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PsychArchives is a disciplinary repository preserving a variety of digital research objects (DROs), with 21 different publication types (preprints, primary, and secondary publications), research data, tests, preregistrations, multimedia and code. We provide easy and free access to DROs according to the FAIR principles, which implies the commitment to ensure that research and research data are findable, accessible, interoperable, and reusable.
Catena, the Digital Archive of Historic Gardens and Landscapes, is a collection of historic and contemporary images, including plans, engravings, and photographs, intended to support research and teaching in the fields of garden history and landscape studies. Created through the collaborative efforts of landscape historians and institutions, the initial offering of images is focused on the Villas as a Landscape Type.
The central mission of the NACJD is to facilitate and encourage research in the criminal justice field by sharing data resources. Specific goals include providing computer-readable data for the quantitative study of crime and the criminal justice system through the development of a central data archive, supplying technical assistance in the selection of data collections and computer hardware and software for data analysis, and training in quantitative methods of social science research to facilitate secondary analysis of criminal justice data
The range of CIRAD's research has given rise to numerous datasets and databases associating various types of data: primary (collected), secondary (analysed, aggregated, used for scientific articles, etc), qualitative and quantitative. These "collections" of research data are used for comparisons, to study processes and analyse change. They include: genetics and genomics data, data generated by trials and measurements (using laboratory instruments), data generated by modelling (interpolations, predictive models), long-term observation data (remote sensing, observatories, etc), data from surveys, cohorts, interviews with players.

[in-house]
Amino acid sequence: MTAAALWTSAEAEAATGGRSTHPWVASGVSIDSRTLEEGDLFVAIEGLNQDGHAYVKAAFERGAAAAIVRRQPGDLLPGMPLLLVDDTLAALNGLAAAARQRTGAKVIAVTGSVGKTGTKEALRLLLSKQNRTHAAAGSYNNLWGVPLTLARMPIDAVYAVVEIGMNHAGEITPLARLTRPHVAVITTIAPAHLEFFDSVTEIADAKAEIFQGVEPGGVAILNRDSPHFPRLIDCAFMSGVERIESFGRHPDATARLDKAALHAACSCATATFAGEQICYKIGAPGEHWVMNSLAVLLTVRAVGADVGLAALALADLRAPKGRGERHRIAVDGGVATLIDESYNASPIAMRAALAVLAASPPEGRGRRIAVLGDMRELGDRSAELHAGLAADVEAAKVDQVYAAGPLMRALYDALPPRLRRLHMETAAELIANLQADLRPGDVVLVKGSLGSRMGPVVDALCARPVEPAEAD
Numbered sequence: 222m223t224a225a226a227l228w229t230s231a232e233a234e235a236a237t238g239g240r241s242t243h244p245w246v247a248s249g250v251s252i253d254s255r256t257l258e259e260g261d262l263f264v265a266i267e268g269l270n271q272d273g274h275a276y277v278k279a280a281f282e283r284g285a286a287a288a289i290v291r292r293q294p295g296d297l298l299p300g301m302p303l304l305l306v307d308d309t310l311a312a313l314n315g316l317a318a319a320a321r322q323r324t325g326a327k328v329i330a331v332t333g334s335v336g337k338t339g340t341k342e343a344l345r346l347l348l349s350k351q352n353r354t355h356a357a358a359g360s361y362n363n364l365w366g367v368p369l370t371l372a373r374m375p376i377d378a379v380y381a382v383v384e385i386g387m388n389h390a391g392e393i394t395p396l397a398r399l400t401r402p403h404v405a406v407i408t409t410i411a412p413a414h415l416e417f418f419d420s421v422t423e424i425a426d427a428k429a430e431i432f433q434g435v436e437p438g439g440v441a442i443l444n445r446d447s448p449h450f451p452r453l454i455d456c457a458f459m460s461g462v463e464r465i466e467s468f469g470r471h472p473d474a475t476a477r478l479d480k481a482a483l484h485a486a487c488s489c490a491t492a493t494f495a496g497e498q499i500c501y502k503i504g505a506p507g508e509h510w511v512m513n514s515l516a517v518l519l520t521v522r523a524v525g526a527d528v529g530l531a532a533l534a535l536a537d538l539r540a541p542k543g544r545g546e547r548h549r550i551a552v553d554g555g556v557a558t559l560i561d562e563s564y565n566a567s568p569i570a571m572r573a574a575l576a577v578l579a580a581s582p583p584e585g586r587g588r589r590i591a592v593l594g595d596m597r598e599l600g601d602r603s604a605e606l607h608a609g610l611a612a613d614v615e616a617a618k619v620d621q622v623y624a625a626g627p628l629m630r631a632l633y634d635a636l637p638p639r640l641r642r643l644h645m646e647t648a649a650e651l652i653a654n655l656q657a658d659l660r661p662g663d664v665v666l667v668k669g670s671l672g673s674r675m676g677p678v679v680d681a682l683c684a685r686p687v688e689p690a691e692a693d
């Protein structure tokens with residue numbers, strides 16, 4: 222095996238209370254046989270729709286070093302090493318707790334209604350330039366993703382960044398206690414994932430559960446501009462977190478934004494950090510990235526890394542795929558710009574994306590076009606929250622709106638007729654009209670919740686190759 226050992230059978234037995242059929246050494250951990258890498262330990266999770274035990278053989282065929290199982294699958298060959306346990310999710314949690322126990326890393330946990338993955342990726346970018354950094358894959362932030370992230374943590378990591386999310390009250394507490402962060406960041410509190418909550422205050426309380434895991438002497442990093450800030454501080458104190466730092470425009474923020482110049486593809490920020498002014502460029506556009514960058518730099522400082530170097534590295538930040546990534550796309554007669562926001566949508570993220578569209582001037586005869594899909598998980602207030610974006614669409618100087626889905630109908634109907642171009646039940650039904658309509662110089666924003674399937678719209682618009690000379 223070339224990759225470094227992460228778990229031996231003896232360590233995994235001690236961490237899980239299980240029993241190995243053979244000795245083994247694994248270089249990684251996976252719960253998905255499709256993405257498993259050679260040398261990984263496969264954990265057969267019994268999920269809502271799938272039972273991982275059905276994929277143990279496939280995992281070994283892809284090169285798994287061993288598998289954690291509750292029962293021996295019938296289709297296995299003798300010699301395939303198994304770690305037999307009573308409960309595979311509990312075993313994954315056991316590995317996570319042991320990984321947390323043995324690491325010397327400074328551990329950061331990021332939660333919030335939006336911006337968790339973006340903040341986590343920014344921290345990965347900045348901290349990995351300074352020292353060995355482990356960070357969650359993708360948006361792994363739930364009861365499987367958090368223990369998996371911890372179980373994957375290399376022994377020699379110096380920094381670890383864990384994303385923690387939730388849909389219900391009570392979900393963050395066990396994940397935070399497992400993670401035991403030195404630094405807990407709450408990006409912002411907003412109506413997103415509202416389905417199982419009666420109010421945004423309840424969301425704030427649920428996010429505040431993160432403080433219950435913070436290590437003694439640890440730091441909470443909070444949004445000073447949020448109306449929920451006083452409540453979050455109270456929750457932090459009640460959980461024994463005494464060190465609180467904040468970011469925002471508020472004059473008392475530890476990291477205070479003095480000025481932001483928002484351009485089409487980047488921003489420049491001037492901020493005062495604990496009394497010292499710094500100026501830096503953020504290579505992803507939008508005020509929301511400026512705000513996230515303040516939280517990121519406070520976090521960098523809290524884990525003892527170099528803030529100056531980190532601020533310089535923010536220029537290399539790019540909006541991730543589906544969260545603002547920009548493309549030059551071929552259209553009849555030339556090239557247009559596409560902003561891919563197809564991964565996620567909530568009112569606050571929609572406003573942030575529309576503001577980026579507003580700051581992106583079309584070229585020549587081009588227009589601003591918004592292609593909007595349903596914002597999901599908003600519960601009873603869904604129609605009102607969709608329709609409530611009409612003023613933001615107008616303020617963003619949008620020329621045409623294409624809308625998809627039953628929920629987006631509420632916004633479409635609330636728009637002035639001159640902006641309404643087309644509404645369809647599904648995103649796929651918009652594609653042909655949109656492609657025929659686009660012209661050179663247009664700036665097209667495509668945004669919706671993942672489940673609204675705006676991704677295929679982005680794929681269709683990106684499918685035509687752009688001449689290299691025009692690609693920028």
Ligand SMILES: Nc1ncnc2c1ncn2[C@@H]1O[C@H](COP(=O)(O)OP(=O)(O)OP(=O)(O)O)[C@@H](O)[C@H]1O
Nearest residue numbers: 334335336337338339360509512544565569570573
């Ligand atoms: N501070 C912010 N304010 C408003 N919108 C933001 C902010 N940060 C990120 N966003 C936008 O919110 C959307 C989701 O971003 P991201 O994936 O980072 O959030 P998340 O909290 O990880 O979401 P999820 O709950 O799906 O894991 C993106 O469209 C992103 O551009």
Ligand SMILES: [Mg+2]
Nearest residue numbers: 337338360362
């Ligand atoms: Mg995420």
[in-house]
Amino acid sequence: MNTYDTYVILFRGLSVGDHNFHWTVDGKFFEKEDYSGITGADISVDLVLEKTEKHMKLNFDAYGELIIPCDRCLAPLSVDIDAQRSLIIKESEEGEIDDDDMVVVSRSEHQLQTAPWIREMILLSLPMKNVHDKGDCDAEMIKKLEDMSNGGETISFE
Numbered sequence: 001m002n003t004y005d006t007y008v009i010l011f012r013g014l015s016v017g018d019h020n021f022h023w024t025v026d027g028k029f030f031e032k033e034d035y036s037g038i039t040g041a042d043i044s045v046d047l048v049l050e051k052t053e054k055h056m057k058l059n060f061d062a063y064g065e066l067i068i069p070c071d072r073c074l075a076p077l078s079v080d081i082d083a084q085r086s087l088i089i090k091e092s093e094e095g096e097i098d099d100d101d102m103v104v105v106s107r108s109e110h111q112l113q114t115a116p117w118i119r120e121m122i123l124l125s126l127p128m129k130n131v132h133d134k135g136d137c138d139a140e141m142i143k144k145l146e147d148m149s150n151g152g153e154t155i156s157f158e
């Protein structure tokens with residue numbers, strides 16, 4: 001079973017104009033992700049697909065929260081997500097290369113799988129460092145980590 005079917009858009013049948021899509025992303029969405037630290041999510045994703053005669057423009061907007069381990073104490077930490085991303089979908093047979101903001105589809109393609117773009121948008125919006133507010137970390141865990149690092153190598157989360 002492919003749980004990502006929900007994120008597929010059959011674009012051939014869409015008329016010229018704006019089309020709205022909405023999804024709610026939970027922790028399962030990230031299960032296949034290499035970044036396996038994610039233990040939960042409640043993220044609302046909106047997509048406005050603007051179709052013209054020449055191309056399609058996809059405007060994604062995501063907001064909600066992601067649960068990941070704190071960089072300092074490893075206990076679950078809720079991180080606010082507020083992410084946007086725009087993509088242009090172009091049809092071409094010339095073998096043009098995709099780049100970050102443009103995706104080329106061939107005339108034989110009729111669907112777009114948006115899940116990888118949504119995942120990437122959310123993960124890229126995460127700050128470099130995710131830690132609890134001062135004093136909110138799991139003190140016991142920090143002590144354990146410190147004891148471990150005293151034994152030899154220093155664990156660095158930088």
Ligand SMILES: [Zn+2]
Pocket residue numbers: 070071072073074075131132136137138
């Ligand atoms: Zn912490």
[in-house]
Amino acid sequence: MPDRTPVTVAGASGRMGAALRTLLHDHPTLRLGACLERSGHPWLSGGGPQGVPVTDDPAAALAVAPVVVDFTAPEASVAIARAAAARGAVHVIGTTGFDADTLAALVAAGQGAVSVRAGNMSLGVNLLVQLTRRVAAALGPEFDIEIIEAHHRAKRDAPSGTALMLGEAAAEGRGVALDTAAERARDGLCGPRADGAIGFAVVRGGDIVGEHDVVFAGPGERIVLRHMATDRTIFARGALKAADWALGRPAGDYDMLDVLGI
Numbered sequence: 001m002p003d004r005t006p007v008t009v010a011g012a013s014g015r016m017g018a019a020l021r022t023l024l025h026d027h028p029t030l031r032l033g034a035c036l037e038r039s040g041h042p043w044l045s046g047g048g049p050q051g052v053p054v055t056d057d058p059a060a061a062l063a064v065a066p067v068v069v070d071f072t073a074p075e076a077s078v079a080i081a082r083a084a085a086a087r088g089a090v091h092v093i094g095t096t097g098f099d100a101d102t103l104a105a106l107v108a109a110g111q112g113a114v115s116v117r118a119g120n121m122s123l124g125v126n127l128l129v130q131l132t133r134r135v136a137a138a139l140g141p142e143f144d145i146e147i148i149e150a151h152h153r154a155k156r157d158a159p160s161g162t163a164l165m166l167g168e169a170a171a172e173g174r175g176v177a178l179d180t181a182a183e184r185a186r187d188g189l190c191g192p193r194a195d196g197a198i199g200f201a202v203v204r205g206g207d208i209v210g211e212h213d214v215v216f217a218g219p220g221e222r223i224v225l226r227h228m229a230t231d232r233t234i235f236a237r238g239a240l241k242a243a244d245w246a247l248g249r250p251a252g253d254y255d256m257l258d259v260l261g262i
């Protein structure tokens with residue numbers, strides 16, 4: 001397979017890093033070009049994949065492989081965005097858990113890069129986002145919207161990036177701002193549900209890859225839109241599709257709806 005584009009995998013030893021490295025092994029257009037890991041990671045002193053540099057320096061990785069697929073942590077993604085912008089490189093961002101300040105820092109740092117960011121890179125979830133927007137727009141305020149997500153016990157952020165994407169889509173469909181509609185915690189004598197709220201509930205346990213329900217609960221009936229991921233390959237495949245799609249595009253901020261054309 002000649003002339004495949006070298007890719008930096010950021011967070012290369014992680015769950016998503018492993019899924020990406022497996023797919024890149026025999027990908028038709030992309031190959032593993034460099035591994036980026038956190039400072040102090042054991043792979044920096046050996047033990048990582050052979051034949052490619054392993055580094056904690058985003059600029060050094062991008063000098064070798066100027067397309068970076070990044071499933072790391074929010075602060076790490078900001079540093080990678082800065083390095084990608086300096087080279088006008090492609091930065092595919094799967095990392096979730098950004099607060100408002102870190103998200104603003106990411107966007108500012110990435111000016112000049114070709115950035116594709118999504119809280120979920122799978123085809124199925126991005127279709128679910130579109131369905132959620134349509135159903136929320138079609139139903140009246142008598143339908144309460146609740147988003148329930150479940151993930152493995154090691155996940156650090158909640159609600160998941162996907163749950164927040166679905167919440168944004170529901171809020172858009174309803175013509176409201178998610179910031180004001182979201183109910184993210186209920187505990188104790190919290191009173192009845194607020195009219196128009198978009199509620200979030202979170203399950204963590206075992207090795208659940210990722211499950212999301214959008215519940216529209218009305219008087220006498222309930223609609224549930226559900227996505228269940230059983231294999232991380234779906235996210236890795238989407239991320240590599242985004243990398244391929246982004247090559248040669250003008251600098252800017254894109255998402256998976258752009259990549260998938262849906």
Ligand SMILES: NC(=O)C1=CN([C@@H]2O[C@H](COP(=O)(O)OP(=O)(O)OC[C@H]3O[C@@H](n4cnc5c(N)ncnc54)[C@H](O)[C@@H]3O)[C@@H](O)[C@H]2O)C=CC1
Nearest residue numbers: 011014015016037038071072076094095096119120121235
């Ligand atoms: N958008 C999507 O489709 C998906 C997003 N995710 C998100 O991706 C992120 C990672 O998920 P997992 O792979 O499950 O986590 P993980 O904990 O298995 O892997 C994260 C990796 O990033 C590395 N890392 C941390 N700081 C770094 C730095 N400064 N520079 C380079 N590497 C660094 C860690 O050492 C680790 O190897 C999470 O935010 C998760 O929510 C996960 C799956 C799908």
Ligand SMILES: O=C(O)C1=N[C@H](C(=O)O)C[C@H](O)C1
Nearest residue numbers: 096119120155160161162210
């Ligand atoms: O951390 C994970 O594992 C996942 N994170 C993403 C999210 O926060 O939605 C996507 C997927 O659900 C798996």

The IMPC is a confederation of international mouse phenotyping projects working towards the agreed goals of the consortium: To undertake the phenotyping of 20,000 mouse mutants over a ten year period, providing the first functional annotation of a mammalian genome. Maintain and expand a world-wide consortium of institutions with capacity and expertise to produce germ line transmission of targeted knockout mutations in embryonic stem cells for 20,000 known and predicted mouse genes. Test each mutant mouse line through a broad based primary phenotyping pipeline in all the major adult organ systems and most areas of major human disease. Through this activity and employing data annotation tools, systematically aim to discover and ascribe biological function to each gene, driving new ideas and underpinning future research into biological systems; Maintain and expand collaborative “networks” with specialist phenotyping consortia or laboratories, providing standardized secondary level phenotyping that enriches the primary dataset, and end-user, project specific tertiary level phenotyping that adds value to the mammalian gene functional annotation and fosters hypothesis driven research; and Provide a centralized data centre and portal for free, unrestricted access to primary and secondary data by the scientific community, promoting sharing of data, genotype-phenotype annotation, standard operating protocols, and the development of open source data analysis tools. Members of the IMPC may include research centers, funding organizations and corporations.